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Solar Capital Investment to hit a bottom in 2013 reach 2006 levels

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 Capital Investment in Solar Industry projected at $2.3 billion in 2013

The solar industry has been sick in the last couple of years as massive over-investment has made it economically viable activity for
many players. Continued financial strain made it impossible for companies to spend money on equipment, and they did not have the money to pay for working capital. The strain has been huge on smaller companies which have been forced to shut shop. While demand is increasing due to very low prices, the capacity is so huge that it will take another year or two for the industry to return to equilibrium.

Not surprisingly solar investment has hit a multi year low of just $3 billion in 2012 and will fall a further 30% to $2.3 billion in 2013 according to IHS. This means that the spending will fall to a level reached during 2006 when the solar industry was just starting to become a major global industry. Compared to the ~$80 billion in revenues that will be generated, this is an extremely low number reflecting that companies are just trying to survive without upgrading the equipment to gain an edge. Most of the spending is being done to catch up with old technologies or are maintenance capex. Earlier there was a huge amount of spending on new solar technologies particularly innovative thin film solar materials. Most of these capex is now gone with the investing companies like Energy Conversion Devices, Solyndra, Sulfurcell and many others going bankrupt. Other companies have stopped investment as crystalline silicon technology has become the dominant technology.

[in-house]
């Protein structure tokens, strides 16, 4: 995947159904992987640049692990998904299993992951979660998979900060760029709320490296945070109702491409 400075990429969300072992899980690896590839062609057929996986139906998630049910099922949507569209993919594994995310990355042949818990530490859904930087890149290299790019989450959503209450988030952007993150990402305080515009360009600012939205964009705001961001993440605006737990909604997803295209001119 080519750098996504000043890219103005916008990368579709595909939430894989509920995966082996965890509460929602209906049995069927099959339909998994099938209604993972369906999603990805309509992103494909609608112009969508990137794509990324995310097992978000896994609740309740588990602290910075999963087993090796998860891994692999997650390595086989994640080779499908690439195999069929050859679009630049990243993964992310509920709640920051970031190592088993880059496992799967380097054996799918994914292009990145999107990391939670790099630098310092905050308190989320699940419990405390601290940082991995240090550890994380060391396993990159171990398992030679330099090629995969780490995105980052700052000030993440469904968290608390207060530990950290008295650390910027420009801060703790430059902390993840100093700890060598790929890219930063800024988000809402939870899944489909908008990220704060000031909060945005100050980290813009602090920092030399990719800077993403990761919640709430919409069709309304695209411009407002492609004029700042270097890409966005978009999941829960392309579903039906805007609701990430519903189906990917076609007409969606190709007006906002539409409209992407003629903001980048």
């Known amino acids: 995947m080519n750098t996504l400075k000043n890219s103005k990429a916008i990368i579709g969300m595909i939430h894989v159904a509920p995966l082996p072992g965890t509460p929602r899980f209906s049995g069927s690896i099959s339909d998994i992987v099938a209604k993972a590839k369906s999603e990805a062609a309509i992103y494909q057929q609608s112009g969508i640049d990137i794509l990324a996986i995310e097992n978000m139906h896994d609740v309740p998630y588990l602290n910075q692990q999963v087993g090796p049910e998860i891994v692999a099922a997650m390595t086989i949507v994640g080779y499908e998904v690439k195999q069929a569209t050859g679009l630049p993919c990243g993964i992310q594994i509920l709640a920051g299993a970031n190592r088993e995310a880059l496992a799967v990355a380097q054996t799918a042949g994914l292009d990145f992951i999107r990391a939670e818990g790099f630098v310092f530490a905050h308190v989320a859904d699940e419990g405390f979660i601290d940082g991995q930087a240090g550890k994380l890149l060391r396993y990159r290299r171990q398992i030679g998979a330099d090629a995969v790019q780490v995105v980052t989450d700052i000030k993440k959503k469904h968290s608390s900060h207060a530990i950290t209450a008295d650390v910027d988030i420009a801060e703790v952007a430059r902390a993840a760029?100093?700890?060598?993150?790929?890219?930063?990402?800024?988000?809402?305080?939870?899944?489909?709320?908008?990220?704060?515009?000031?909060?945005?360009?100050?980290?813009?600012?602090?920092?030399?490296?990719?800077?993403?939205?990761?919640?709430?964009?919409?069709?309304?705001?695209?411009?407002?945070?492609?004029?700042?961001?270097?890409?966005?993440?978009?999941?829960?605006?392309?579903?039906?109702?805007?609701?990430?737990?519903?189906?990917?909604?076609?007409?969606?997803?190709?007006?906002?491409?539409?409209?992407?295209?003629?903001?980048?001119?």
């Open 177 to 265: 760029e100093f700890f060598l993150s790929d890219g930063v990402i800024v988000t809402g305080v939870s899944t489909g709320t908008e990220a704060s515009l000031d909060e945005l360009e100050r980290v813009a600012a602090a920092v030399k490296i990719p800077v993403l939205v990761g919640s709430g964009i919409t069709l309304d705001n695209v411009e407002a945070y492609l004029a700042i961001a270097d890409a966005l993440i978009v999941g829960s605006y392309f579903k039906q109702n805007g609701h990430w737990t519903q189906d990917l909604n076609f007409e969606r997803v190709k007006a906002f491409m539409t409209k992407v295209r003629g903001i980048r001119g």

Read more about Solar Products.

IHS expects the c-Si capital spending will dominate; with cost saving approaches like direct production of wafers, quasi-mono technology, back contacts getting most of the new investments. Besides new factories will buy equipment in fast growing geographies like Latin America, Africa and SE Asia. I think it’s a great time to invest in the solar equipment survivors like GT Advanced Technologies (GTAT), Applied Material (AMAT) as they will benefit from the upside in the future. Lots of solar equipment makers have gone bankrupt due to financial problems and others have been absorbed by bigger companies. Roth and Rau was bought by Meyer Burger, while Centrotherm is in the bankruptcy court.

The low capex environment is a good one for solar producers of wafers, cells and modules as they indicate that no new capacity is being created. Even existing solar producers are selling most of their equipment or are writing them off for cents on a dollar. Companies which have the balance sheet to invest in new technologies will become leaders of the next up cycle in solar energy. Sunpower (SPWR) is in a sweet spot due to Total backing, while First Solar (FSLR) can become a leader if it gets its silicon foray right. However, these stocks have already run up a lot and are not great bargains. Other companies like Rensola (SOL) and Yingli (YGE) are going to survive and should become leaders if they manage the last phase of the downturn well.


Sneha Shah

I am Sneha, the Editor-in-chief for the Blog. We would be glad to receive suggestions, inputs & comments on GWI from you guys to keep it going! You can contact me for consultancy/trade inquires by writing an email to

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